The Hindu pro-monarchy party won in only one local unit. The Nepalese, majority Hindu, chose peace and coexistence with other religions.
Kathmandu (AsiaNews) - Despite the Hindu population being the majority (81.3%), Nepalese voters preferred secular parties to pro-monarchy hindus. The results of the first phase of local elections held on May 14 prompt Nepal's political parties to abandon extremist prospects and respect democratic values.
Final results have yet to be published, but it is already clear that voters have rejected Hindu parties favoring the monarchy. Secular parties have taken the majority of votes, such as the Leninist Marxist Unite Party (UML), the Nepalese Congress and the Maoists.
According to an electoral commission report published this morning, UML won 93 local units and came first in 25; The Nepalese Congress won 91 units, placing itself at the head of 13; The Maoist Center won 42 units, ranking first in four. The Rastriya Prajantantra Party (Rpp), promoter of a restoration of Hinduism and Monarchy, won in one unit.
Krishna Khanal, professor and political analyst, comments: "Nepalese voters have realized that Nepal is diversifying in faith and that any political party that tries to politicize faith will not be supported. This is a clear message from the people who want to live in peace and solidarity respecting the faith of others. "
"Nepal has a Hindu majority population who believes in secularism and wants people and societies not to be divided in the name of religion," continued Khanal, adding: "Rpp wants to restore Hinduism and the monarchy and in the past people voted for them, but when they realized that this program would have deteriorated peace among communities, they refused to vote again."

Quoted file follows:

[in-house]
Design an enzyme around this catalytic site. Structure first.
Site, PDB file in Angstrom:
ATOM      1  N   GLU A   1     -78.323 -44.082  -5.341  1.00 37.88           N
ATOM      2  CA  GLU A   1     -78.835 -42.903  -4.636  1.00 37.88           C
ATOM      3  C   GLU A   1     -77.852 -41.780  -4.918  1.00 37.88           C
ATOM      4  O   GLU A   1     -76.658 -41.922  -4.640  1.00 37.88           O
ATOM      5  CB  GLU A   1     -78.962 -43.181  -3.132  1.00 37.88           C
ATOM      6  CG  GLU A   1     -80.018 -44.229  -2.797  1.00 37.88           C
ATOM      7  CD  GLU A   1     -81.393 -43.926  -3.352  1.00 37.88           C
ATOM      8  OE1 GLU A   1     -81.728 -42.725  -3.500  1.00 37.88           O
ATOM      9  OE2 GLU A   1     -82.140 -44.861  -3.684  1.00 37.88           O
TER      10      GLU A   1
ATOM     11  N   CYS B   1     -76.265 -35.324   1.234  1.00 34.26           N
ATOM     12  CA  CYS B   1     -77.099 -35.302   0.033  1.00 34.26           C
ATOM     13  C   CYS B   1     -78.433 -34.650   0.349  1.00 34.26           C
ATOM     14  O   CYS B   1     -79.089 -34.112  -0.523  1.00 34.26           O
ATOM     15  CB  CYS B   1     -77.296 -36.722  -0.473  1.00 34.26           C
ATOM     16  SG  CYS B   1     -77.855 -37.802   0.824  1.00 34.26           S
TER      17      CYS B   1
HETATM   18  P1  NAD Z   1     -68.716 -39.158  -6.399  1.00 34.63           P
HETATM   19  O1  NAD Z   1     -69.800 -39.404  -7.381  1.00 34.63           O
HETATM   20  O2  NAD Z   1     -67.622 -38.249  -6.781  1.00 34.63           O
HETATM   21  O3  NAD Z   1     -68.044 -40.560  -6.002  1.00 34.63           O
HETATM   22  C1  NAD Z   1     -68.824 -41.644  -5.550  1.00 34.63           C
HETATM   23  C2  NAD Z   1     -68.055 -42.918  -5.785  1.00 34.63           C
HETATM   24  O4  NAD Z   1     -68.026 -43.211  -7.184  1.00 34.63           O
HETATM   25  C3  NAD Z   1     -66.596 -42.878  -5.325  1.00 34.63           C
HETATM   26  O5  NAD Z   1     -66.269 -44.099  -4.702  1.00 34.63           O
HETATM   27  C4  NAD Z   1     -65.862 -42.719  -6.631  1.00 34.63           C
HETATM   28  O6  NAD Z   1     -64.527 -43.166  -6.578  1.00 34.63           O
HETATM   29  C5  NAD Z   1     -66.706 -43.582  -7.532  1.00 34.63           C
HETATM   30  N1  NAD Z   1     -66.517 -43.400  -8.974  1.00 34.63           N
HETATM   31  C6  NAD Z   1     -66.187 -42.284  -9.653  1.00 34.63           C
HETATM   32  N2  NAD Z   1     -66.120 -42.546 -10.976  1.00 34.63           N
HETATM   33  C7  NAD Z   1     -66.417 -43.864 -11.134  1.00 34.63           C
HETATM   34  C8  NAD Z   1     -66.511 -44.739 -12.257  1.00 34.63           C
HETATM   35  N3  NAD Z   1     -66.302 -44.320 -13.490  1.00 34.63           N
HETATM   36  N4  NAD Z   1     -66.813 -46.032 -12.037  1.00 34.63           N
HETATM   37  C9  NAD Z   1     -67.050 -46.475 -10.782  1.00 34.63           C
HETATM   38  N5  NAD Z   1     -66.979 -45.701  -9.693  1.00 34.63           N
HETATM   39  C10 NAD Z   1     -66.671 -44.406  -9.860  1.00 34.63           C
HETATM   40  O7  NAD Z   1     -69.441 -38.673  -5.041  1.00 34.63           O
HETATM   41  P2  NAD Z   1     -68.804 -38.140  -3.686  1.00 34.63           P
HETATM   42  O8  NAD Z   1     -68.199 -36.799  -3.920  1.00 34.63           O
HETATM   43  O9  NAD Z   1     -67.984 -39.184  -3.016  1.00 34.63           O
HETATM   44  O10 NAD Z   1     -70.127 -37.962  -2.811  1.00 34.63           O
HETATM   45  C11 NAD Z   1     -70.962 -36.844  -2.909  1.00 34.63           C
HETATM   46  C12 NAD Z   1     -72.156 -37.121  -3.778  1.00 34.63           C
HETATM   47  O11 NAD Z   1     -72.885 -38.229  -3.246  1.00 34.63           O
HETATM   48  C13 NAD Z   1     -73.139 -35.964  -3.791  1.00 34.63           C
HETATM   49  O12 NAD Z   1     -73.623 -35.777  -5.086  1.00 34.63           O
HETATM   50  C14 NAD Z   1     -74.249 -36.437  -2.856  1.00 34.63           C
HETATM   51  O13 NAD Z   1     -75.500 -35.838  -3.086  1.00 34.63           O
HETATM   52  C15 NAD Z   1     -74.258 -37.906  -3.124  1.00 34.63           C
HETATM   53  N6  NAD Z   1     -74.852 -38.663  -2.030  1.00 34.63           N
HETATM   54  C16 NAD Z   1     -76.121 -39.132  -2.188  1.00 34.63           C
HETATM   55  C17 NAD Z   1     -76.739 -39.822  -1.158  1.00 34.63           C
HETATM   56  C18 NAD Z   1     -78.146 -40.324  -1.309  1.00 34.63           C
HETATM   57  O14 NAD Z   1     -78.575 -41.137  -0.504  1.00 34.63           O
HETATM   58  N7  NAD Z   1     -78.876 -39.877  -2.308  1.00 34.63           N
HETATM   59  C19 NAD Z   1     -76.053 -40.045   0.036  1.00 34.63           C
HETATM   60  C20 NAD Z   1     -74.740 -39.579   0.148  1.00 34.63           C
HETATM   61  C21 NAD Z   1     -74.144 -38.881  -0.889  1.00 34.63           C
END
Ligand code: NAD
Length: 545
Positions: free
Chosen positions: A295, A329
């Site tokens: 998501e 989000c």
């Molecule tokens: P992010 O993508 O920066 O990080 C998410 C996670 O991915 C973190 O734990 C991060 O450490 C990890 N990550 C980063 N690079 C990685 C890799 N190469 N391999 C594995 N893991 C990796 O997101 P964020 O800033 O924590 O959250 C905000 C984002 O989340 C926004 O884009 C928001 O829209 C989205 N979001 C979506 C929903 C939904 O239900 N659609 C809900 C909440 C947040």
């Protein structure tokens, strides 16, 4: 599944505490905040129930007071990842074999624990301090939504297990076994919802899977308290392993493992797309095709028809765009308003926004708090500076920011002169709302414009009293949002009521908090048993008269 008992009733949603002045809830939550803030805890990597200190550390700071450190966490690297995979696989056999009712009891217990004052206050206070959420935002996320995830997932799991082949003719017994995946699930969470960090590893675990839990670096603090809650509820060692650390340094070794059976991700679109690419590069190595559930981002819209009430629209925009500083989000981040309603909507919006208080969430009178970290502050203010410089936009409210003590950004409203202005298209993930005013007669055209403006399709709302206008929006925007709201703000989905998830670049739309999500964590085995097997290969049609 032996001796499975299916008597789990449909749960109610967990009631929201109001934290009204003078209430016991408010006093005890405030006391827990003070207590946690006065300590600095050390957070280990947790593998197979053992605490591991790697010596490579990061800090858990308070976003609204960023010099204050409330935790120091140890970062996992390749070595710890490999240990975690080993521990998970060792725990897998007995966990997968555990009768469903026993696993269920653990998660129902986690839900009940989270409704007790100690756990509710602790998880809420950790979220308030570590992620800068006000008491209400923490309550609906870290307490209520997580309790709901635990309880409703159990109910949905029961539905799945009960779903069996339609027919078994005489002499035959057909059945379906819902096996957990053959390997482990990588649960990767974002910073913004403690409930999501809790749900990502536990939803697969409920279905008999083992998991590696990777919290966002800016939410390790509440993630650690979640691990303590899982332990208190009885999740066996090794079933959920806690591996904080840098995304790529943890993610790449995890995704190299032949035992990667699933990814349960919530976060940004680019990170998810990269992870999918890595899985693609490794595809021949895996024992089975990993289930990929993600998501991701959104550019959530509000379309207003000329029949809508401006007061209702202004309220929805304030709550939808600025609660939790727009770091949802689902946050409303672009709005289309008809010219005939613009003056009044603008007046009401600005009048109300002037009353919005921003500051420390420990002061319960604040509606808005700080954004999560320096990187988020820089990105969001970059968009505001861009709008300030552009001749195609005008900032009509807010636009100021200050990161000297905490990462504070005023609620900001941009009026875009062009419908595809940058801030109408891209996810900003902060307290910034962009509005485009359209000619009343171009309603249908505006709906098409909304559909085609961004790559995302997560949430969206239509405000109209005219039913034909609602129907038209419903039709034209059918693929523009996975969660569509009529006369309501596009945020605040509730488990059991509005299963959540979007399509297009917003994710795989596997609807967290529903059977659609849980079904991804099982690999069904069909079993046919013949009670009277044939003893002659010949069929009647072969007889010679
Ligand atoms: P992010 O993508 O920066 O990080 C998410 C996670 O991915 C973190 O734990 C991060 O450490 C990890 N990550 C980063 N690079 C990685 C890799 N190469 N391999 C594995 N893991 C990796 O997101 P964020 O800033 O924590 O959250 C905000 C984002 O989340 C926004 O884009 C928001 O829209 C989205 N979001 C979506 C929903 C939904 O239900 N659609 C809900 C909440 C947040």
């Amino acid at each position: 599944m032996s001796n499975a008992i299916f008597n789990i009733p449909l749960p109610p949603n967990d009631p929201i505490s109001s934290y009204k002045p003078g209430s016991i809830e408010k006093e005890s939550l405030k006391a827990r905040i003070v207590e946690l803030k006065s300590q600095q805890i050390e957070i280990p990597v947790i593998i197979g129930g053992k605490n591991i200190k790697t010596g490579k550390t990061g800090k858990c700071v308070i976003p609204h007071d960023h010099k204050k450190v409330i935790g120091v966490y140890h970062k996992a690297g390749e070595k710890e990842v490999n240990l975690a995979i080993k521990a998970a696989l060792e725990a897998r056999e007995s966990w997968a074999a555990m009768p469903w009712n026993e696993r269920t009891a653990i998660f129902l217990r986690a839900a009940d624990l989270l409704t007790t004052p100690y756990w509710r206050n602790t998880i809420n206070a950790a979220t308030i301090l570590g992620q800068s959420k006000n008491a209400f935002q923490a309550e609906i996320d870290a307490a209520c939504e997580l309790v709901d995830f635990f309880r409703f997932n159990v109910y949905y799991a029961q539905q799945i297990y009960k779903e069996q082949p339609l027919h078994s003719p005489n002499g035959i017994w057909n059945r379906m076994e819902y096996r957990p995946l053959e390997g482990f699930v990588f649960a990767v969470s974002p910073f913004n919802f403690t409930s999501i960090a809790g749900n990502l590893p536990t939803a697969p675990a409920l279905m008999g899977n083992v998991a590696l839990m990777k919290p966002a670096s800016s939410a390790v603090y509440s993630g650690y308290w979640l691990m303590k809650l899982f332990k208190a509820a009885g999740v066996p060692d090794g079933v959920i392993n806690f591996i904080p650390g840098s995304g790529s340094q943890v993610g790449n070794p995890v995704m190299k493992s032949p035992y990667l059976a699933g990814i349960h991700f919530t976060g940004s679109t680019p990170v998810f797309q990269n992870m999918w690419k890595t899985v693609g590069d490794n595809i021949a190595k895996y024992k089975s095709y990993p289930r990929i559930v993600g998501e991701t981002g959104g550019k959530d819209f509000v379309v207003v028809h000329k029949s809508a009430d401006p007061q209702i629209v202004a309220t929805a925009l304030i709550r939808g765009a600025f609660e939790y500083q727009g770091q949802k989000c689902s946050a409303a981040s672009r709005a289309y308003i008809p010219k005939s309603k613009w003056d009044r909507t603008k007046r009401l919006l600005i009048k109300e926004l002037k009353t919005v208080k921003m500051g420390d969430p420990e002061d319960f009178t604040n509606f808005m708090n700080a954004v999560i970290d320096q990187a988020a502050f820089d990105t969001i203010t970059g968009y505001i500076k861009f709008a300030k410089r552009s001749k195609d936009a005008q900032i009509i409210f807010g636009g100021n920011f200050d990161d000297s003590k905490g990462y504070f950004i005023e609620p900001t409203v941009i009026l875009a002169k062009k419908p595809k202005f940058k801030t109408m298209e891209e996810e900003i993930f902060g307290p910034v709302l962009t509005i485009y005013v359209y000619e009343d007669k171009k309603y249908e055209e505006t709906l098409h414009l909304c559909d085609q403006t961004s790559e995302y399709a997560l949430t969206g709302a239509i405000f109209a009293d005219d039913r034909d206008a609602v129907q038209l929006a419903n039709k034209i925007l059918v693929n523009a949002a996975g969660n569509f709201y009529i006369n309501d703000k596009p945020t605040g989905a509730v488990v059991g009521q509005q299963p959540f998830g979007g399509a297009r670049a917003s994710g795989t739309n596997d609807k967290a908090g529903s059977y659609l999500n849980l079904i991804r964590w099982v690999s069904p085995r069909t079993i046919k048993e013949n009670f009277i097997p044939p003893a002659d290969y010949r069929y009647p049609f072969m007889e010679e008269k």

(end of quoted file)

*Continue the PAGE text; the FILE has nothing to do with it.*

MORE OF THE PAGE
Ramala Dhital, who voted for secular parties, states: "In democracy, why should the state have any religion? The state must be free from any faith and respect for all religious groups must be assured. I am Hindu and Christians do not disturb my faith. People are free to choose their profession. There's nothing wrong with that. "
"In the past - she adds - I voted for Rpp, but when they claimed Hinduism and monarchy, I began to despise them. It may be the same for other people who have moved their vote to secular parties. "
P.C. Lohani, formerly leader of the Rpp, comments that "voters have not turned away from Hinduism, but reject extremism in the name of religion."
Subash Nemwang, former parliament speaker and UML vice-president, states: "The days of Hindu fundamentalists or any other religion are over. Young generations choose change and secularism."
And he adds, "I cannot think of our country without religious freedom and rights for minorities. Any religious party will be pushed to the corner when it supports an extremist project. In the upcoming elections, more people will not vote for them, and secular parties will win. "